DRM-free iTunes songs boost the appeal of non-Apple music streamers
If other record labels follow EMI's decision to drop DRM, the market for non-Apple music streaming products becomes a lot more attractive.
It's the digital equivalent of the first few cracks in the Berlin Wall: soon EMI will be offering the bulk of its music catalog free of DRM restrictions. Steve Jobs was on hand at the press conference to enthusiastically endorse the idea--he did, famously, suggest as much in an open letter just a few short weeks ago. But is Apple simply fashioning its own hangman's noose? If the other major record companies follow suit, the one big advantage of the entire Apple "digital ecosystem"--iTunes, the iPod, and Apple TV--essentially becomes null and void. Jobs says Apple's superior design will keep the company's software and hardware at the top of the must-have list for digital media. For the iPod, maybe--but for the just-launched Apple TV, the answer isn't as straightforward.
To be sure, there were always a handful of alternatives to Apple when it came to streaming copy-protected iTunes music--see the Mac that's a dedicated iTunes jukebox, hooked directly to their stereo system. But the Apple TV eliminated the need for those competing products or work-arounds. In addition to providing an Apple-only advantage--the ability to browse and play copy-protected content purchased from the iTunes Store--the Apple TV delivered two big advantages versus other media streamers: a dead simple setup routine and a superslick onscreen interface.or the , for instance. Or take the --we've been testing it for the past few days, and can now confirm that it does play FairPlay-protected songs purchased from the iTunes Store when streaming from Windows PCs. Some people even have a PC or a
The setup and interface remain best in class for media streaming devices, but today's EMI news makes compatibility with Apple's FairPlay DRM--potentially, at least--a much less compelling selling point. And that only becomes more pronounced if other labels go DRM-less. In other words, instead of being locked into just one choice, the absence of proprietary copy-protection delivers--shock!--a wider selection of possibilities when it comes to streaming your digital media over your home network. As long as the device is compatible with the file type and bandwidth of the forthcoming DRM-free iTunes format (AAC files encoded at 256kbps), it should be good to go.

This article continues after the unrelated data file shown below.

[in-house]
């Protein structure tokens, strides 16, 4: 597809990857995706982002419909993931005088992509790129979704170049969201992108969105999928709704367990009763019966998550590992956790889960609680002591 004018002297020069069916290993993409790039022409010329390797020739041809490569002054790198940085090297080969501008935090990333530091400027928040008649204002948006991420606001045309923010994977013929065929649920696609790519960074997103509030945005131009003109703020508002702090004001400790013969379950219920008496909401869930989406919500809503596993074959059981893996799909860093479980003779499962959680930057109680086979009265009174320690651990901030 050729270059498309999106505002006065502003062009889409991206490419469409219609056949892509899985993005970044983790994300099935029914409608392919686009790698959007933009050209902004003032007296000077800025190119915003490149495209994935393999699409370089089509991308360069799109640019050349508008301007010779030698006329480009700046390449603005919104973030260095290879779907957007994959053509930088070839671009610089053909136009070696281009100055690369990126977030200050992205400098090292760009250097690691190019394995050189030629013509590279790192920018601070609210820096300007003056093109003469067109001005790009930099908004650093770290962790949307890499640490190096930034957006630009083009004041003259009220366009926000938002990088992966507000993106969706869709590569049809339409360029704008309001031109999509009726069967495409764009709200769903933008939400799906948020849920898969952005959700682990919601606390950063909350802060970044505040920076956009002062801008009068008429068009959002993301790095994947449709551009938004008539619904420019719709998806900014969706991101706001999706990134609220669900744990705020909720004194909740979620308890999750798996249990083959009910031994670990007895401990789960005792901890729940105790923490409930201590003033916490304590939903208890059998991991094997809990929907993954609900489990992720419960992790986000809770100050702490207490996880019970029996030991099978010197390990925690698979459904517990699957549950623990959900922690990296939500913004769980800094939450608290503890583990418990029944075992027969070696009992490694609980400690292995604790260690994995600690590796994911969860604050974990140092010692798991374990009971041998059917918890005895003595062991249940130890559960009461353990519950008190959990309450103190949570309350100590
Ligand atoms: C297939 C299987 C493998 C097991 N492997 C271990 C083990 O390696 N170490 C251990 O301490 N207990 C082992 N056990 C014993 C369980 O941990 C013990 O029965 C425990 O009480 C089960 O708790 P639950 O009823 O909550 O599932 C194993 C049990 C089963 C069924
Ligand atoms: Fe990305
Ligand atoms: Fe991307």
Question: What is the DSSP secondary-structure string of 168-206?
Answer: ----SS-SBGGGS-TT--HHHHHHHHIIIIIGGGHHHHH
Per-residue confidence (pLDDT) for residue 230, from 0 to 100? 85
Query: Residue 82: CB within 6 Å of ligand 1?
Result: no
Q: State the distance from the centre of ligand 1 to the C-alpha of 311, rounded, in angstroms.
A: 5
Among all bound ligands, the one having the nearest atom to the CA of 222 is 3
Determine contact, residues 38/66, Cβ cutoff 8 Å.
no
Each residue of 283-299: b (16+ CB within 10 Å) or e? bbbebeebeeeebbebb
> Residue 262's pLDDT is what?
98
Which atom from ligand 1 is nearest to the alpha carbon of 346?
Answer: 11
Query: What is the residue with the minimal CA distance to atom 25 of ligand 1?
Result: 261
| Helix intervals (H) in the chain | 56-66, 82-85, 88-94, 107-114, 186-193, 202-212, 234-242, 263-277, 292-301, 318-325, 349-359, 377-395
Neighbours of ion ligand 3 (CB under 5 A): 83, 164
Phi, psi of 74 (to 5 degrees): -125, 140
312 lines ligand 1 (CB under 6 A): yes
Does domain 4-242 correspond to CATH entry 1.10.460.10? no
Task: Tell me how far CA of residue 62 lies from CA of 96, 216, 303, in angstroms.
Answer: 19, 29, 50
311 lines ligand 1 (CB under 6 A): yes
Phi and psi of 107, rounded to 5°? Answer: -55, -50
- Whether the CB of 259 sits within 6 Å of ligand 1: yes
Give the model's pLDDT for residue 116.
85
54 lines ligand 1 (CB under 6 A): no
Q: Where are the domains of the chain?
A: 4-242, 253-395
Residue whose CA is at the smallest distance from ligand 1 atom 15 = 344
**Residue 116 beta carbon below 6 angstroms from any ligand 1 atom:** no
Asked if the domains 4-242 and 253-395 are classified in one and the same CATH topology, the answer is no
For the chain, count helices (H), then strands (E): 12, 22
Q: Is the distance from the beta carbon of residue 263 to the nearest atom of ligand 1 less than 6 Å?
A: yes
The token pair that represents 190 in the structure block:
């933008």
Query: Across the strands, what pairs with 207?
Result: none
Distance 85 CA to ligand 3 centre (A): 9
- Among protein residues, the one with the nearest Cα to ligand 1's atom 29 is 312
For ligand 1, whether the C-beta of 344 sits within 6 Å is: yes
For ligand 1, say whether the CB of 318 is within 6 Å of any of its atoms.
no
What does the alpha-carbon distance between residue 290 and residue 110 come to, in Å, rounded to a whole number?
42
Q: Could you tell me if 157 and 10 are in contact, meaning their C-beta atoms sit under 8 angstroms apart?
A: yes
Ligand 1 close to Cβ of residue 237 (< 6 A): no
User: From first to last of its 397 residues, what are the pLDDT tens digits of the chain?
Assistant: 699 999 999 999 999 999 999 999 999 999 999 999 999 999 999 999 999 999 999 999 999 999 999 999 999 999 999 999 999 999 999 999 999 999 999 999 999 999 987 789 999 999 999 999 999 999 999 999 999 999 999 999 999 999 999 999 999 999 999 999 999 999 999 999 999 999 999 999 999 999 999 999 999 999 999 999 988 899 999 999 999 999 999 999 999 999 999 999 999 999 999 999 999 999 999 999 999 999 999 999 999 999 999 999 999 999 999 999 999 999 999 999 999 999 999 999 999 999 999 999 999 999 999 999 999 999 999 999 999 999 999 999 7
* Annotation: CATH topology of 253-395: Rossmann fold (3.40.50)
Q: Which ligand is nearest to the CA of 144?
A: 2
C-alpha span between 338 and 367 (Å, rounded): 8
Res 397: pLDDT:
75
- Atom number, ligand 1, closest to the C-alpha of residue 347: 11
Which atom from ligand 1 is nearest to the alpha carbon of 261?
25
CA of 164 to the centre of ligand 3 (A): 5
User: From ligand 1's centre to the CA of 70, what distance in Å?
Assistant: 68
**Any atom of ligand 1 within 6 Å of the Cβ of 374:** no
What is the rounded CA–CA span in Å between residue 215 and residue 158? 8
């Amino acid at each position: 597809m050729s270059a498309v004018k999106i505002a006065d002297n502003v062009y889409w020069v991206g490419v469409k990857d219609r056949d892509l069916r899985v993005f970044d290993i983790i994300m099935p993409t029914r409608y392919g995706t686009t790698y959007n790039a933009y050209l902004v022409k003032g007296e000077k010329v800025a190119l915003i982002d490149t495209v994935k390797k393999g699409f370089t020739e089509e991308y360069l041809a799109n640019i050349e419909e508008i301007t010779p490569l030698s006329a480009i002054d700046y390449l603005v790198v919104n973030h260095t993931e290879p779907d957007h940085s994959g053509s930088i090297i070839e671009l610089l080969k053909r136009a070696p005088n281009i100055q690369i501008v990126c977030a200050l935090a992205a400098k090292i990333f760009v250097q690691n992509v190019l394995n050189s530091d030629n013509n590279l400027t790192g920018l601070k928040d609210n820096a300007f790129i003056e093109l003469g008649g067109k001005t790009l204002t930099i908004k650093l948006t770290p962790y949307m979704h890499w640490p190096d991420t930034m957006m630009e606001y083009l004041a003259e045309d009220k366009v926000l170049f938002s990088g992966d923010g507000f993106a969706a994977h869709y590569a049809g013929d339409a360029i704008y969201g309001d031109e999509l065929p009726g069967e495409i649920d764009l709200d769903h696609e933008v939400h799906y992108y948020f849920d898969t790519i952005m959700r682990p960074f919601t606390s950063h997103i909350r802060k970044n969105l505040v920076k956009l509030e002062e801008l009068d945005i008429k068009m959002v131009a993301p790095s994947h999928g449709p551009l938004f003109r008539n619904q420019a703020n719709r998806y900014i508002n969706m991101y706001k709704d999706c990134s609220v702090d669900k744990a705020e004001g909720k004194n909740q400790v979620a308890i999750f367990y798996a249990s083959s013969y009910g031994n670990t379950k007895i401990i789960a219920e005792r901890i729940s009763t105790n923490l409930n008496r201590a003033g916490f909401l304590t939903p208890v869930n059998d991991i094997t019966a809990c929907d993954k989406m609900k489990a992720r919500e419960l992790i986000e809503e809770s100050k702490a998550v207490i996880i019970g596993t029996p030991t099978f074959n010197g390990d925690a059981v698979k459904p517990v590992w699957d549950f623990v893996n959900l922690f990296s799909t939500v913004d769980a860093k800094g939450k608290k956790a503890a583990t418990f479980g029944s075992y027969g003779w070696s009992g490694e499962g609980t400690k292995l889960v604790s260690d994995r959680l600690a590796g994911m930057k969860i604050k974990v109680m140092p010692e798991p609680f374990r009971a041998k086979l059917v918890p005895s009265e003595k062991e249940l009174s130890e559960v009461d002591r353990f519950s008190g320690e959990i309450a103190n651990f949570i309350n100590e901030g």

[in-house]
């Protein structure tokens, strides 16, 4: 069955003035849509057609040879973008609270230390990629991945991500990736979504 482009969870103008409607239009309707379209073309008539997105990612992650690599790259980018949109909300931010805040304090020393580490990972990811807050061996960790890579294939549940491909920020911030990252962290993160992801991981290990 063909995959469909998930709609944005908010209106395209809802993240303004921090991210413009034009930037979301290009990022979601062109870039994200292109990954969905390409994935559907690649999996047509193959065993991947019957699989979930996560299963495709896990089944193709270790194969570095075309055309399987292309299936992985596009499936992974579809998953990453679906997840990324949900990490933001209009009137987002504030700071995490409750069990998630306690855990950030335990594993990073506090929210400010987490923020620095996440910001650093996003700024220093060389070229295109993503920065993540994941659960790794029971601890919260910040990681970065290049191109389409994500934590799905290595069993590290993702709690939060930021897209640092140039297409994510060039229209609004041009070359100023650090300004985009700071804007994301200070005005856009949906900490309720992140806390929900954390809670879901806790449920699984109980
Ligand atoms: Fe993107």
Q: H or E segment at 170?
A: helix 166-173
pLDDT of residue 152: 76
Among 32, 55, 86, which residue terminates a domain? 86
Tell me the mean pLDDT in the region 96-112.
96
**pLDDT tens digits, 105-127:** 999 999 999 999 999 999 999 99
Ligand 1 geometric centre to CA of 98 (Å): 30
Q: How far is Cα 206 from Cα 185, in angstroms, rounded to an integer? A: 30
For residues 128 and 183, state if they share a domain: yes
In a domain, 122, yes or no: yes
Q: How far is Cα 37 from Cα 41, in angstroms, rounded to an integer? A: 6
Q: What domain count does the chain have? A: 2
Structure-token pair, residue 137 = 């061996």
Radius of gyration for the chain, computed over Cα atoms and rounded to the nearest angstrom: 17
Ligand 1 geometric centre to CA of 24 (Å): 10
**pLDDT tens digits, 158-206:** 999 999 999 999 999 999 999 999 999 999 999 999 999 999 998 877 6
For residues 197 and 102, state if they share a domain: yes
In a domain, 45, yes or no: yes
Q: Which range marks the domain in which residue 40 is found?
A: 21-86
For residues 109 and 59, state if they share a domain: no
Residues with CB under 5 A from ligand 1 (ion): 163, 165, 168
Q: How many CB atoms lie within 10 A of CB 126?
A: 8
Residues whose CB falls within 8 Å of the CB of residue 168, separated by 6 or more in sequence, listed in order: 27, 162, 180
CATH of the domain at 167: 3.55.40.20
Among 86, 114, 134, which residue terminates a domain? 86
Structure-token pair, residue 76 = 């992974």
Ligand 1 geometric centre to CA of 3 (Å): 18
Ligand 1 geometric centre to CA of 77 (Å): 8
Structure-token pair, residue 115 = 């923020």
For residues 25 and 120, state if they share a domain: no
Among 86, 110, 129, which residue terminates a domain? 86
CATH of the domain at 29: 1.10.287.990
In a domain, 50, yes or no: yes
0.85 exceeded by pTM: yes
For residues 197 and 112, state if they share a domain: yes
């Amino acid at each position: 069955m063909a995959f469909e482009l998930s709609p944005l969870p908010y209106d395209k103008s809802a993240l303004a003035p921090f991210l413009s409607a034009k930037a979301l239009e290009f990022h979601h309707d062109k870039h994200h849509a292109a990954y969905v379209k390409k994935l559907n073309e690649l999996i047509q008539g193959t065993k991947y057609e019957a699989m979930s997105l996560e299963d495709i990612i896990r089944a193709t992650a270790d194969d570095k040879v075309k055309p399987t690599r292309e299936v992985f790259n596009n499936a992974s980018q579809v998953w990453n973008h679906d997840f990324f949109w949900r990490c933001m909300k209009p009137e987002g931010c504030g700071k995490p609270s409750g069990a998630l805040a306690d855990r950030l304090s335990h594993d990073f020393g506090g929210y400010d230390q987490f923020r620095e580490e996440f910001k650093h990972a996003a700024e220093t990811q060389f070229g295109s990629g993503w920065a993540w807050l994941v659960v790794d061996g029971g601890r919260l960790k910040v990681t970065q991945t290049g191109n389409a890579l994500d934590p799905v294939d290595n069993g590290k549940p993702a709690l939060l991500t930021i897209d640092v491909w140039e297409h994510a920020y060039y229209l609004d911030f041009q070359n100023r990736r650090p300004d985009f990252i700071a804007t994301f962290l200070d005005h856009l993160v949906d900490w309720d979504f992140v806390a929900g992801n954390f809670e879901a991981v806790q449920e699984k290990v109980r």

We already profiled a wide array of Slim Devices Squeezebox are both excellent choices for streaming audio from your PC to your stereo system. Both models offer access to Internet radio (no PC required), and their front-panel display means you can navigate your music collection without the need to have your TV turned on. Furthermore, each offers compatibility with subscription services such as Rhapsody, so you can access literally millions of songs for a flat monthly fee ($10 for streaming, $15 if you want to load the songs onto a portable player such as the SanDisk Sansa Rhapsody). If you prefer the high end, the Sonos Digital Music System ($1,000 for a two-room setup) offers all of those same advantages of the Roku and Slim Devices, plus a multiroom-ready system that's completely accessible through its iPod-like remote control., but if you're not interested in streaming video or photos--and a lot of people aren't--there are several additional audio-only, non-Apple offerings that deserve your attention. The $200 and the $300
Of course, it's worth noting that many--if not all--of those video-enabled Apple TV alternatives will stream the same copy-protection-free AAC files as well, so those already equipped with an Xbox 360 or PlayStation 3 (for instance) may already be well equipped for a post-DRM iTunes Store. And that's not to say the Apple TV will be headed for the trash heap anytime soon--even if the music industry goes totally DRM-less, don't expect the Hollywood studios to follow suit with their downloadable TV and movie files. Still, the fact you can envision a marketplace where these products are compared based on their relative design, features, and performance--not their compatibility with some obscure proprietary encryption scheme--is a giant step in the right direction for consumers.